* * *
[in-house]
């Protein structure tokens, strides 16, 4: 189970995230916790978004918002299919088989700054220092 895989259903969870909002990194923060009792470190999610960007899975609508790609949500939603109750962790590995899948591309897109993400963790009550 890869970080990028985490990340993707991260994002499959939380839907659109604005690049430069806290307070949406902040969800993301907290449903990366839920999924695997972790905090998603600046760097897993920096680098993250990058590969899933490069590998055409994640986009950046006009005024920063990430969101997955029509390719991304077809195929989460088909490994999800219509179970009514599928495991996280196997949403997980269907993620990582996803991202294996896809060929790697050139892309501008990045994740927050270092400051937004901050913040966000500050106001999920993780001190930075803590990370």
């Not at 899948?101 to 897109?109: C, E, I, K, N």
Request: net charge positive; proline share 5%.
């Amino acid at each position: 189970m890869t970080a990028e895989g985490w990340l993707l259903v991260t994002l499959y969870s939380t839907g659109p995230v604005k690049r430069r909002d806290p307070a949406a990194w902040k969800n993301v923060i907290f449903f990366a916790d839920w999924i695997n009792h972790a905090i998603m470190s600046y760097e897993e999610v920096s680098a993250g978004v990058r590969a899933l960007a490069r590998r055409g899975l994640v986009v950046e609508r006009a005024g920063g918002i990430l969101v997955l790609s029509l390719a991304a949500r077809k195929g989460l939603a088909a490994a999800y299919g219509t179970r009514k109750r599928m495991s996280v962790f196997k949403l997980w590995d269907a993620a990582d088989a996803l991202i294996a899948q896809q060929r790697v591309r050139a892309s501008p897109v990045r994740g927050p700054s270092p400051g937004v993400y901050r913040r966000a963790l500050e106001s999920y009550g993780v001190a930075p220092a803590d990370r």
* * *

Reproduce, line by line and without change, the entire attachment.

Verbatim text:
[in-house]
């Protein structure tokens, strides 16, 4: 189970995230916790978004918002299919088989700054220092 895989259903969870909002990194923060009792470190999610960007899975609508790609949500939603109750962790590995899948591309897109993400963790009550 890869970080990028985490990340993707991260994002499959939380839907659109604005690049430069806290307070949406902040969800993301907290449903990366839920999924695997972790905090998603600046760097897993920096680098993250990058590969899933490069590998055409994640986009950046006009005024920063990430969101997955029509390719991304077809195929989460088909490994999800219509179970009514599928495991996280196997949403997980269907993620990582996803991202294996896809060929790697050139892309501008990045994740927050270092400051937004901050913040966000500050106001999920993780001190930075803590990370």
């Not at 899948?101 to 897109?109: C, E, I, K, N």
Request: net charge positive; proline share 5%.
């Amino acid at each position: 189970m890869t970080a990028e895989g985490w990340l993707l259903v991260t994002l499959y969870s939380t839907g659109p995230v604005k690049r430069r909002d806290p307070a949406a990194w902040k969800n993301v923060i907290f449903f990366a916790d839920w999924i695997n009792h972790a905090i998603m470190s600046y760097e897993e999610v920096s680098a993250g978004v990058r590969a899933l960007a490069r590998r055409g899975l994640v986009v950046e609508r006009a005024g920063g918002i990430l969101v997955l790609s029509l390719a991304a949500r077809k195929g989460l939603a088909a490994a999800y299919g219509t179970r009514k109750r599928m495991s996280v962790f196997k949403l997980w590995d269907a993620a990582d088989a996803l991202i294996a899948q896809q060929r790697v591309r050139a892309s501008p897109v990045r994740g927050p700054s270092p400051g937004v993400y901050r913040r966000a963790l500050e106001s999920y009550g993780v001190a930075p220092a803590d990370r």